Hello friends–sorry I’ve been MIA for a few days. I had a big project to finish up for school (my last project…ever!) and now I’m almost done with my last semester. Just six more work days and a big evaluation to do, and then I graduate!
I also went to HR at the hospital that I work for today to sign papers for my first official job as a physical therapist. Even though it’s per diem (meaning I just go in to cover shifts for people when they need me) it still felt 50% exhilarating and 50% wrong to write “Physical Therapist” under “Job Title”, instead of “Deeply In Debt Student”.
Okay, so the deeply in debt part is still true for at least the next million years. Thank you, student loans.
But I have another exciting thing to talk about.
They taste exactly how they look–bright green. They are sweet and bright and a little tart–plus, they come wrapped in a super cute little husk that peels easily off. I love adorable fruits.
Perfect flavor to combine in a chili with sweet corn.
Tomatillo and Sweet Corn Chili (serves 4)
- 1/2 lb ground beef
- 1/2 large onion, minced
- 1 C diced bell pepper
- 2 C diced tomatillo (husks removed, obviously)
- 1 can (14 oz) of diced tomatoes
- 1 C water
- 1/3 C dried green lentils
- 1 T ground chili powder
- 2 t ground cumin
- salt and pepper to taste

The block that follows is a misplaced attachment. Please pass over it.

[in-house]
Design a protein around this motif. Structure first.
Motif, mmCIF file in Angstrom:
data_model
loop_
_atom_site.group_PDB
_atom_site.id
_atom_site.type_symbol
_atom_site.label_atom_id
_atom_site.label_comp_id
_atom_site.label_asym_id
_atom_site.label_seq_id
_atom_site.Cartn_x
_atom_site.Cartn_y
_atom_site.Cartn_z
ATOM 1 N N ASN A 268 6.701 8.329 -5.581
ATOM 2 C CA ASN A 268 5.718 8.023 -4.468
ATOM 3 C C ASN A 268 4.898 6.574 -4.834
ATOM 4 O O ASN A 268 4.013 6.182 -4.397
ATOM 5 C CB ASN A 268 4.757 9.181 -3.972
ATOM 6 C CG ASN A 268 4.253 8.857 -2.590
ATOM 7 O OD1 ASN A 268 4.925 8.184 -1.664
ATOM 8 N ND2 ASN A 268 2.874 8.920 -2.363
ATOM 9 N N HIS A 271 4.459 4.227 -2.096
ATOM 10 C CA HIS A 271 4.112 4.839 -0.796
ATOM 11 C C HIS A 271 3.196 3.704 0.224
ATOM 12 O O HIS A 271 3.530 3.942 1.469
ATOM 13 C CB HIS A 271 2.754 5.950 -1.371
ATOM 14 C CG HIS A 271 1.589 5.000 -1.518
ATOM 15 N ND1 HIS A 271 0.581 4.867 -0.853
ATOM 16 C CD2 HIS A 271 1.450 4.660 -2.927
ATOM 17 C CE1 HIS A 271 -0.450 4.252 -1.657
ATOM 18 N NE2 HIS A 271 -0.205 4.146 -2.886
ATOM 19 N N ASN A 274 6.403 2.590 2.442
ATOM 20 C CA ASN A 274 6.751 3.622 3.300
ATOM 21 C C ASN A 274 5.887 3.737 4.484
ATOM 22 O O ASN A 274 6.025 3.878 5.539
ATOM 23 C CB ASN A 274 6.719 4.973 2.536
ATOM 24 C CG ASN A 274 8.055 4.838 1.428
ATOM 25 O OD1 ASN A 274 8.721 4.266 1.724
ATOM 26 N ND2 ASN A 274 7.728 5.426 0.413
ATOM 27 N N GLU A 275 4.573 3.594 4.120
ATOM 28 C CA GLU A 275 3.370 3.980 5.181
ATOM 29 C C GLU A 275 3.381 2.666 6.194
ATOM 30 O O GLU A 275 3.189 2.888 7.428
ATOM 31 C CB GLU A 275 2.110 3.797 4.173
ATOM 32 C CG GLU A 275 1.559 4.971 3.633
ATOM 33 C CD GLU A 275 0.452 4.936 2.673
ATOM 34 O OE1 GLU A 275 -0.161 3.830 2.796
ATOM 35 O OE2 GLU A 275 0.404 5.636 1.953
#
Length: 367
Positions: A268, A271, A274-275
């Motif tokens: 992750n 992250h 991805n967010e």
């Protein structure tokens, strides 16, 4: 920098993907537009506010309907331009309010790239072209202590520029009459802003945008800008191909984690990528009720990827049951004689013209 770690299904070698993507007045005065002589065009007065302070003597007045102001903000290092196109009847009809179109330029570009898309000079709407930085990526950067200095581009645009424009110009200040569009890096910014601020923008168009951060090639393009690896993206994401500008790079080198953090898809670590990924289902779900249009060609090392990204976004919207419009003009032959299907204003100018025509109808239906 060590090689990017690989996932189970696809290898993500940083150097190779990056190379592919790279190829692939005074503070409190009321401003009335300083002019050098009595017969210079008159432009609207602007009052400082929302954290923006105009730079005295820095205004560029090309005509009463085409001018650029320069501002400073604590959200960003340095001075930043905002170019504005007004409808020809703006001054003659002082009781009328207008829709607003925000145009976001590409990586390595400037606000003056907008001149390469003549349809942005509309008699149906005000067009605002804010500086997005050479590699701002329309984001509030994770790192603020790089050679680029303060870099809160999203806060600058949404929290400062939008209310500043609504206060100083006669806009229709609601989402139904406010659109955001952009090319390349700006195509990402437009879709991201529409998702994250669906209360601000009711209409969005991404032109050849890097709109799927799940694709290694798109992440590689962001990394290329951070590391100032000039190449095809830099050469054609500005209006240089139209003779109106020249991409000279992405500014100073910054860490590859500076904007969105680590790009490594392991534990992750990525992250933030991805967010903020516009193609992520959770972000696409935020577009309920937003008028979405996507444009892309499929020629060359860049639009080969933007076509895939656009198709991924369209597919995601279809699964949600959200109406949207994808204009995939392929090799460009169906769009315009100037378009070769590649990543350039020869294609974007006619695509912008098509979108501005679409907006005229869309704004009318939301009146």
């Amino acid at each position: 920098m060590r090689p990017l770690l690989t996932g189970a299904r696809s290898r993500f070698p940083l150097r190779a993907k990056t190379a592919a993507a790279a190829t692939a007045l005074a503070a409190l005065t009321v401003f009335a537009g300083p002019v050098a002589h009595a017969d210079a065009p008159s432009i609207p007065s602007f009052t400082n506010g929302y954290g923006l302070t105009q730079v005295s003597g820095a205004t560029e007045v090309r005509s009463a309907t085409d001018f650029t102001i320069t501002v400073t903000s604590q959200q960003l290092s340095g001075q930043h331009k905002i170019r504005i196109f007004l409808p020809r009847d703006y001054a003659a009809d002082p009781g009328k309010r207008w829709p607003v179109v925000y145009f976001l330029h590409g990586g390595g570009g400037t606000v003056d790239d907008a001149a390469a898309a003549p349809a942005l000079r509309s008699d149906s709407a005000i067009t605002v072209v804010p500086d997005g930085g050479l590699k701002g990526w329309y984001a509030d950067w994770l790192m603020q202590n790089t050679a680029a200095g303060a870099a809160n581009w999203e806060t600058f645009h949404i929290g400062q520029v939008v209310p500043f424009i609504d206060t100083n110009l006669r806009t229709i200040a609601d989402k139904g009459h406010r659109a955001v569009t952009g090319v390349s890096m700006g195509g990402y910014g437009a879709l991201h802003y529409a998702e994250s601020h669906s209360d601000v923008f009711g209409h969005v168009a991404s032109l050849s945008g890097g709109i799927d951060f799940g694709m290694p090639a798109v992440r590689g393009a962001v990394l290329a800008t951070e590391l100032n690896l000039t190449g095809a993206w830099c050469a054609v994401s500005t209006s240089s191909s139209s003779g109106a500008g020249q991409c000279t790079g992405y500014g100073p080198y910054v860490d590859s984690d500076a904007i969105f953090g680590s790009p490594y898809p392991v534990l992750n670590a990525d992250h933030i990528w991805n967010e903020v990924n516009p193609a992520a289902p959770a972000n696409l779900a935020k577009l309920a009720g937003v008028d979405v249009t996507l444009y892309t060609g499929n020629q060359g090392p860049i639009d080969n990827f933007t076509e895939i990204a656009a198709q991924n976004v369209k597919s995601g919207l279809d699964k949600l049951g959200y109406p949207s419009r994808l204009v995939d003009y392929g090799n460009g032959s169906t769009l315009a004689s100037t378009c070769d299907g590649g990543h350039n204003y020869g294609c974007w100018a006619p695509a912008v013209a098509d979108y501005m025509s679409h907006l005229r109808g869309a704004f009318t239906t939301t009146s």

- 2 diced dried chili peppers or 1/2 t red chili flakes (optional)
- 1 C sweet corn (I used frozen)
This recipe is pretty easy, as any chili recipe should be.
Brown the ground beef in a large pot over medium heat until fully cooked. Add the diced onions and bell peppers and stir until translucent. Add the diced tomatoes and tomatillos, along with the lentils, water, and seasonings (chili powder, cumin, chili flakes, salt, and pepper). Go easy with the salt, as usual, and add more later if you need it.
You can always add more seasonings as needed later.
Cover, reduce the heat to medium-low, and simmer until the lentils have absorbed most of the additional water (about 20-30 minutes), then remove the cover and let the chili cook down until it reaches the thickness you want. A few minutes before serving, stir in the frozen sweet corn. Adding it later allows it to keep a little bit of that crunch and gives the chili a nice texture.
I loved this chili–it’s rich, flavorful, and packed with protein, fiber, and tons of vegetables. The best part, though, is the contrast between the acidic tomatoes that you get at first, which turns into a mellow sweetness later.
Definitely a man food, too. I fell (deeply) asleep today on the couch around seven, and rallied just long enough to mumble “there’s chili on the stove” when Fritz finally got home from school. I was awake enough to hear him delightedly crow “yes!” under his breath as he dumped his gear and ran for the kitchen.
Man’s gotta eat, ya know.